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Foster presents a convincing counter-argument that in fact, Eliot advocated as much subjectivity as Yeats. Foster addresses ‘The Wasteland’ as ‘a tortuous re-examination of the individual’s relation to his history, his world, his universe’ (Foster, 86). Through Eliot’s language, it is clear Eliot treats time and distance contemptuously as if they were ‘random accidents’ (Foster, 86). Foster further presents the argument that Eliot prioritised events both temporal and spatial, over bodies. ‘The Wasteland’ consists of events and the arbitrary individuals that permeate in between; like time, these events have little significance beyond the poet’s subjective treatment of them (Foster).
Whether mythical, literary or historical, these allusions each have an amorphous space-time existence, of which their aggregate is the mental world of poetic consciousness. The events variable quantities- time being one, differ, to Eliot, from one observer to the next (Foster, 46)
In regard to the author’s use of structure, Yeats prioritised writing in long periodic sentence that regularly sounds grammatically atypical, sweeping up syntactic fragments into a hypotactic sequence.
This forcefully constrained syntax acknowledges the existence of a speaker domesticating the chaos of modern and historical time to his subjectivity rather than being drowned in it. On the other hand, Eliot juxtaposes different time periods through paratactic syntax, acting as a mechanical rhythm of piling up one phrase after the other ‘as if the self behind syntax is overwhelmed by the flux of temporal experience and unable to order it except through cataloguing each passing moment’ (Tanaka). To further this effect, Eliot embraces enjambment in, to name just one example, the lines ‘Speak, and my eyes failed, I was neither / Living nor dead, and I knew nothing’ (Eliot, 39-40).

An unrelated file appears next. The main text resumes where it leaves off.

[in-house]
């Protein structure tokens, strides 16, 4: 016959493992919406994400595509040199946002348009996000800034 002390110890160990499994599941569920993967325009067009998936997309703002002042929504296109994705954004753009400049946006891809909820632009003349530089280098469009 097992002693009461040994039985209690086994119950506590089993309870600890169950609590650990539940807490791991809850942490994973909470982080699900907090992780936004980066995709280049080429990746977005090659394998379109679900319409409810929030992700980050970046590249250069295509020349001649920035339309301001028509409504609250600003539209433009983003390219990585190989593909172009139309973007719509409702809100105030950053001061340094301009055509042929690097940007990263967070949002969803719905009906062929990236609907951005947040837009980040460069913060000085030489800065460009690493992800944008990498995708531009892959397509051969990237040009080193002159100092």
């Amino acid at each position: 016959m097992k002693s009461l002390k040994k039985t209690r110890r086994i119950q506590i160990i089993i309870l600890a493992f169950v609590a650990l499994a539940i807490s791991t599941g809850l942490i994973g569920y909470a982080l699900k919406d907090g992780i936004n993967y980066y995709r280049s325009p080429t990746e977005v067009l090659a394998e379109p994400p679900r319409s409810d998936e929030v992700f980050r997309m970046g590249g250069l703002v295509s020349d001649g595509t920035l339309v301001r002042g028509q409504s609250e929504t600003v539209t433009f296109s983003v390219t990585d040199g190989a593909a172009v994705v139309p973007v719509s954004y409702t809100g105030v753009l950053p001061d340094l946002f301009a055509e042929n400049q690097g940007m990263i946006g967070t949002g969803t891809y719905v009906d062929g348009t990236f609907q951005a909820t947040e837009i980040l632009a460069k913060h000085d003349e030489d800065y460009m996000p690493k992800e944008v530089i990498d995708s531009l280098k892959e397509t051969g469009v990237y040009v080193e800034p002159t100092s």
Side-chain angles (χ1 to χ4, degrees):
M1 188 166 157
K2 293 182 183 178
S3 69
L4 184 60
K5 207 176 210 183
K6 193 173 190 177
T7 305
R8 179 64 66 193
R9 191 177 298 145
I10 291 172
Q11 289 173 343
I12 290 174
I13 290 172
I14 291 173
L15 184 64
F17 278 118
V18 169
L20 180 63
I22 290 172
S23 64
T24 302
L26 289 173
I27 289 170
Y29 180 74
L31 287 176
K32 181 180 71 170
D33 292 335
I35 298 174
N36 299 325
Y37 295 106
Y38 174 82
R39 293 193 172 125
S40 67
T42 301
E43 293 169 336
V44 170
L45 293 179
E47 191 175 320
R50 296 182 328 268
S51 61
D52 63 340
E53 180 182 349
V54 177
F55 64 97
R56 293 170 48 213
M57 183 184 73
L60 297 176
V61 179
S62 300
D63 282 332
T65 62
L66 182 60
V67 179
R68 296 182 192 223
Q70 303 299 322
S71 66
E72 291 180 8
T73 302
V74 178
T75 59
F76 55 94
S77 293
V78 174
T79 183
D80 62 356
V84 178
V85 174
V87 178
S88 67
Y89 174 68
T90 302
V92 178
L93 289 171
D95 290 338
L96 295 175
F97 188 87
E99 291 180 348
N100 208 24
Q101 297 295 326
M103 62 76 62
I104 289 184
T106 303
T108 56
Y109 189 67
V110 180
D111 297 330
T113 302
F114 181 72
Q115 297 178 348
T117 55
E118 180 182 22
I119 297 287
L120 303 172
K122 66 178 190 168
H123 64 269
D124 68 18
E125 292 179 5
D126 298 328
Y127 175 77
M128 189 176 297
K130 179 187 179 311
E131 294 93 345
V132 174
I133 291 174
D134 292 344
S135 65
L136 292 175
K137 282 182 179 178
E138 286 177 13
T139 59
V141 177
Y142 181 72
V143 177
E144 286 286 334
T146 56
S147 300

Contributing to the lack of closure and Eliot’s subjective relativity concerning time, these lines bounce too and fro, never truly connecting.
In ‘The Wasteland’, time past is a wholly relative concept depending on the subjective view of the reader. Each character finds his experience isolated and foreign- there is no effective communication breaking the boundaries of sense experience (Foster). In A Game of Chess, and like Tiresias observations, Foster acknowledges whilst the pub conversation illustrates the unavailability of each character, it is the jarring refrain ‘HURRY UP PLEASE IT’S TIME’ (Eliot, 141) that commands the page in its mocking remark on absolute ideals- here, the question is ‘time’ for what? Eliot argues this answer depends on the reader, with no one being in the indefinite position to answer for all.
From the works of three modernists, Beckett, Eliot and Yeats discussed, one can see the connection of common ideas. One cannot be sure whether the interconnectedness is due to the fact that artists were influenced by modernism, but one can assume modernism as a time period had a significant impact on the artists’ impressions. Being from completely different backgrounds is seemingly irrelevant, as they perceive the concept of time and discuss the concept of time as, universally, something unable to be altered by humans.
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